Spring is nature’s fashion week. After winter’s endless parade of root vegetables, it feels as though nature has pressed the big green button, refreshing the new season’s offerings. Being showcased right now is a new look for your fridge, in a variety of greens.
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Easter sides are depressingly predictable. There will be asparagus, of course. If you’re lucky, there might even be three or four variations of asparagus. And there will be peas. And gratin potatoes. And probably some sort of salad that most people will only eat to be polite. Not that there’s anything wrong with any of this.
People often ask me what my most-used kitchen tool is (a high-speed blender). But if you were to ask my mom that same question 30 years ago, I am sure she would have answered her Pyrex baking dish.
When I was growing up, probably 75 per cent of my meals were made in that thing. Baked fish. Baked chicken. Baked pasta. Baked rice casserole.
Sometimes simple is just what the doctor ordered. And sometimes cake is just what the doctor ordered.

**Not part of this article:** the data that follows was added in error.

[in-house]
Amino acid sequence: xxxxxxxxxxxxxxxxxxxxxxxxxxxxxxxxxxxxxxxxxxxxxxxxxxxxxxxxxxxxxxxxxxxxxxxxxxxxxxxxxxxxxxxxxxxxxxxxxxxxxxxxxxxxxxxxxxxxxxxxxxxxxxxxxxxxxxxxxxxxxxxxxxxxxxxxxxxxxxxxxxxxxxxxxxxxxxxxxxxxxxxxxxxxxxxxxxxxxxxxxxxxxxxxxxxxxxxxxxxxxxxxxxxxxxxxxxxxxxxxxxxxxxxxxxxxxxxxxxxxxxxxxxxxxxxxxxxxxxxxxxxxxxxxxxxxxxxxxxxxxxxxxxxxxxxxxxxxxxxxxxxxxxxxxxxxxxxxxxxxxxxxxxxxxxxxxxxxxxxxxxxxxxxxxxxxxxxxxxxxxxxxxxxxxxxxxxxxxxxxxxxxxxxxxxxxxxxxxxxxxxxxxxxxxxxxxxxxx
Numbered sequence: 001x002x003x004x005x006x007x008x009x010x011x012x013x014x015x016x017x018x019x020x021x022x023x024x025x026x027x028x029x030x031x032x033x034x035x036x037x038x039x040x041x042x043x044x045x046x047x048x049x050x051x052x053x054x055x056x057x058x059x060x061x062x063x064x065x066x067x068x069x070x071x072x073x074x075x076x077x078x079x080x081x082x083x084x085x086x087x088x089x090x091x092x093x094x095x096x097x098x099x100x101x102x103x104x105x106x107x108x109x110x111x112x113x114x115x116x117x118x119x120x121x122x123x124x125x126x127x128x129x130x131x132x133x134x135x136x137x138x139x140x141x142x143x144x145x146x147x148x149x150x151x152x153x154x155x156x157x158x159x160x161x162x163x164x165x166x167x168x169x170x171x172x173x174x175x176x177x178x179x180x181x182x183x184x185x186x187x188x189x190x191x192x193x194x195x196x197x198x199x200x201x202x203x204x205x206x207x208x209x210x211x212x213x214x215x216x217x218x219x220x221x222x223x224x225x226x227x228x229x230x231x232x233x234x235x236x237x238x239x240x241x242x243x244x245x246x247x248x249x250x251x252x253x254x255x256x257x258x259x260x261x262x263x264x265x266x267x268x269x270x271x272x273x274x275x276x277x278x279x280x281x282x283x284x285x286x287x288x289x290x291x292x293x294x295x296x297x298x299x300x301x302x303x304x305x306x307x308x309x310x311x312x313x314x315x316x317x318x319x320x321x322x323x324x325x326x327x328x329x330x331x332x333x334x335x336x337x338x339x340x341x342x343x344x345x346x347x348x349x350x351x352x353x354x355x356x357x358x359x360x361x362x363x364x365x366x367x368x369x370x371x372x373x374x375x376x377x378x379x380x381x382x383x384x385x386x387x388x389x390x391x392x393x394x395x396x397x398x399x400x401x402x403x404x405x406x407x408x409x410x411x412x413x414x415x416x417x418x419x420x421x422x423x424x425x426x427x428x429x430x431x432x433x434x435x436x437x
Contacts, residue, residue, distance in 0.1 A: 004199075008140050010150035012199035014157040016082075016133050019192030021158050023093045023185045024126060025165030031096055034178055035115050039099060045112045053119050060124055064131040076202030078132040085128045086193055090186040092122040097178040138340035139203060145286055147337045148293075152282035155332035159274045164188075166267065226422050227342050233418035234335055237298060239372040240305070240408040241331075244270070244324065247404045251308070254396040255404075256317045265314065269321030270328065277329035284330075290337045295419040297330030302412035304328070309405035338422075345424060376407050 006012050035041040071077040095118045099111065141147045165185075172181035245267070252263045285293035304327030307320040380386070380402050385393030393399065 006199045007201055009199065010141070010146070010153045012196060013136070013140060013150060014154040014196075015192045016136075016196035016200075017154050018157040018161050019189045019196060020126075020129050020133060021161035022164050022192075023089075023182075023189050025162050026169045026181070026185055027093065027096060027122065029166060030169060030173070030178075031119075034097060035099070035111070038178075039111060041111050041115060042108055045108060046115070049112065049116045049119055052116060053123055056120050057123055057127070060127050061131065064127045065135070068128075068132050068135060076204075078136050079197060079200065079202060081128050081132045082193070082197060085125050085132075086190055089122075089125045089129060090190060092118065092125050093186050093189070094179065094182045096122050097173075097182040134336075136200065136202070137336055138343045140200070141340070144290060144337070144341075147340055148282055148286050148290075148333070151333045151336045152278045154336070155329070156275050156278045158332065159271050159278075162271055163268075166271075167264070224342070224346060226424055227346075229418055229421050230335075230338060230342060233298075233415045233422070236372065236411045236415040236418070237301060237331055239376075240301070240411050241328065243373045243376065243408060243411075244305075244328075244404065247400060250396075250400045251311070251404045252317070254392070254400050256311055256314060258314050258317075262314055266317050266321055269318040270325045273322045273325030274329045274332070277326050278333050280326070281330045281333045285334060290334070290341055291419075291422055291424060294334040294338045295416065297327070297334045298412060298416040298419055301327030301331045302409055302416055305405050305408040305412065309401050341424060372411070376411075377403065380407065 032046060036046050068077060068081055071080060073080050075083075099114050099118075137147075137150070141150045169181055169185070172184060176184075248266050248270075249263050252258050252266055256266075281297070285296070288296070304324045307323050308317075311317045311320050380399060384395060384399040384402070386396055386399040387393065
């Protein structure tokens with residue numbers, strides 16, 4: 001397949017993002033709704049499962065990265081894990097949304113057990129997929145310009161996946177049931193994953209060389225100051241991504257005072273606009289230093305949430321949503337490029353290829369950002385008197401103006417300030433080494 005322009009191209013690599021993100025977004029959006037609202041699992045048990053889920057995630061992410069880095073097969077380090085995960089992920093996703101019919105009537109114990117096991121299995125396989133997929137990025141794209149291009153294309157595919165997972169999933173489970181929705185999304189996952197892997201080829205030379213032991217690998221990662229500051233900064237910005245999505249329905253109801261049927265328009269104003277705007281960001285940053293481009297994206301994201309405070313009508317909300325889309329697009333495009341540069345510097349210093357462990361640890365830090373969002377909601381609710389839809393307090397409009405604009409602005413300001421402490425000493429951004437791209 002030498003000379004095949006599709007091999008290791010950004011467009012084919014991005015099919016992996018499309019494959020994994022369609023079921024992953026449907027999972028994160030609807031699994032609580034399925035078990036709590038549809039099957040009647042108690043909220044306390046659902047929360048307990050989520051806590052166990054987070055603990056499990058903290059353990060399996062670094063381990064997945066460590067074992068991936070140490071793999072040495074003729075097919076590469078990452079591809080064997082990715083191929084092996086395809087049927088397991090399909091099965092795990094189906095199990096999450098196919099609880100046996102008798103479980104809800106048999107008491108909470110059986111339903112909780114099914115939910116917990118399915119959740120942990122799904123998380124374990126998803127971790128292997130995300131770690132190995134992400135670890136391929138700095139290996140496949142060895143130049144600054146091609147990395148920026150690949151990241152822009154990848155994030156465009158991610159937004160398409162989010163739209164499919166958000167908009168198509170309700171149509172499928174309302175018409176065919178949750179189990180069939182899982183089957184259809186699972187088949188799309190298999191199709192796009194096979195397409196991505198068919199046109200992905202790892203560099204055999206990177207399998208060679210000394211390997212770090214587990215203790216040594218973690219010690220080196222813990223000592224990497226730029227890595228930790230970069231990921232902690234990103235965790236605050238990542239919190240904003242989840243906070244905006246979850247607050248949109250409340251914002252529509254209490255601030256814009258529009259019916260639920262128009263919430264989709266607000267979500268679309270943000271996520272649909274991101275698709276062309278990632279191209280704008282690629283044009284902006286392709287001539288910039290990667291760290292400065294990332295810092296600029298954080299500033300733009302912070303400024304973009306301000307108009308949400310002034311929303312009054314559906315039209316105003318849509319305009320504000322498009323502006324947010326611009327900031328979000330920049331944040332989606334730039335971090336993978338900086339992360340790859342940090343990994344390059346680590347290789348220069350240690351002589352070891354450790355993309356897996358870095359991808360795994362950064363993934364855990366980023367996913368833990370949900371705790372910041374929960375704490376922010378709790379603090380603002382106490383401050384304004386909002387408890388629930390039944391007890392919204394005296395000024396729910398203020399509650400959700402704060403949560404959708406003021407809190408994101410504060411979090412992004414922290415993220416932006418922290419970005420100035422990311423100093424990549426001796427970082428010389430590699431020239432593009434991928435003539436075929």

When the subject is Easter eggs, most folks usually are talking about the gaily painted specimens in a basket. Me, I think of holiday brunch, and in particular of eggs Benedict. I think of the rich and indulgent dish of Canadian bacon, sauteed spinach and poached eggs enthroned on an English muffin, the whole kit and caboodle drenched in hollandaise sauce.
At Easter, there is just nothing better than a spiral-cut ham! Because I grew up with my grandmother roasting fresh, white, uncured hams, a sweet-glazed spiral-cut ham has always been a delicacy to me.
The cookbook “Homegrown” features recipes highlighting Canada’s diverse agriculture from coast to coast.
Author Mairlyn Smith, who compiled 160 recipes submitted by professional home economists and students, also includes plenty of tips on how to maximize Canadian products in home cooking.
Cottage cheese is a staple in my home. I love its creamy, mild flavour. It pairs perfectly with some garlic and herbs to make a protein-packed crudite dip, yet it also is at home in a quick dessert of cottage cheese and unsweetened applesauce (a d’Arabian weeknight favourite).
Cabbage is almost as popular on St. Patrick’s Day as green beer! And that’s because cabbage ‚Äî unlike green beer! ‚Äî is a quintessential part of Irish cuisine (along with bacon and potatoes).
We call it cornmeal mush. The Italians call it polenta. And they’ve been making it since shortly after Columbus introduced corn to the Old World upon his return from America.